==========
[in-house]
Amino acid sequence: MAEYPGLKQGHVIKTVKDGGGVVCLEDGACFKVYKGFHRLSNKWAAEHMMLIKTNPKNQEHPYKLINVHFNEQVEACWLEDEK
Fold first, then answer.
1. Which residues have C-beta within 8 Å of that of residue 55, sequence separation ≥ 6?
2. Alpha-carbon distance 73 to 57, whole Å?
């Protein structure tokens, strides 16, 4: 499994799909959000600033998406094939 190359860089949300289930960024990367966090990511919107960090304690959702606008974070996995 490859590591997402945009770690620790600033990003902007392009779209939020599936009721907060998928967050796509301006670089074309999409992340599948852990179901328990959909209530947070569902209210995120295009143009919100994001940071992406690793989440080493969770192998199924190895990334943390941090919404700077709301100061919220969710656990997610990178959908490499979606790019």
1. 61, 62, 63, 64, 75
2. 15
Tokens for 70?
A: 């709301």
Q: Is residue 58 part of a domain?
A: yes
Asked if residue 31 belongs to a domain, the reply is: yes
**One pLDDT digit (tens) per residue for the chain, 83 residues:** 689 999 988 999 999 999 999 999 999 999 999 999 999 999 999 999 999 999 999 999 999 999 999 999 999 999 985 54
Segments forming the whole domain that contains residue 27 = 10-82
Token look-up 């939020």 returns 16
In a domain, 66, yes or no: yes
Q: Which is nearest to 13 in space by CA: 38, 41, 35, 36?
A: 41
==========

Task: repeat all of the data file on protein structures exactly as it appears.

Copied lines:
[in-house]
Amino acid sequence: MAEYPGLKQGHVIKTVKDGGGVVCLEDGACFKVYKGFHRLSNKWAAEHMMLIKTNPKNQEHPYKLINVHFNEQVEACWLEDEK
Fold first, then answer.
1. Which residues have C-beta within 8 Å of that of residue 55, sequence separation ≥ 6?
2. Alpha-carbon distance 73 to 57, whole Å?
């Protein structure tokens, strides 16, 4: 499994799909959000600033998406094939 190359860089949300289930960024990367966090990511919107960090304690959702606008974070996995 490859590591997402945009770690620790600033990003902007392009779209939020599936009721907060998928967050796509301006670089074309999409992340599948852990179901328990959909209530947070569902209210995120295009143009919100994001940071992406690793989440080493969770192998199924190895990334943390941090919404700077709301100061919220969710656990997610990178959908490499979606790019």
1. 61, 62, 63, 64, 75
2. 15
Tokens for 70?
A: 């709301």
Q: Is residue 58 part of a domain?
A: yes
Asked if residue 31 belongs to a domain, the reply is: yes
**One pLDDT digit (tens) per residue for the chain, 83 residues:** 689 999 988 999 999 999 999 999 999 999 999 999 999 999 999 999 999 999 999 999 999 999 999 999 999 999 985 54
Segments forming the whole domain that contains residue 27 = 10-82
Token look-up 């939020």 returns 16
In a domain, 66, yes or no: yes
Q: Which is nearest to 13 in space by CA: 38, 41, 35, 36?
A: 41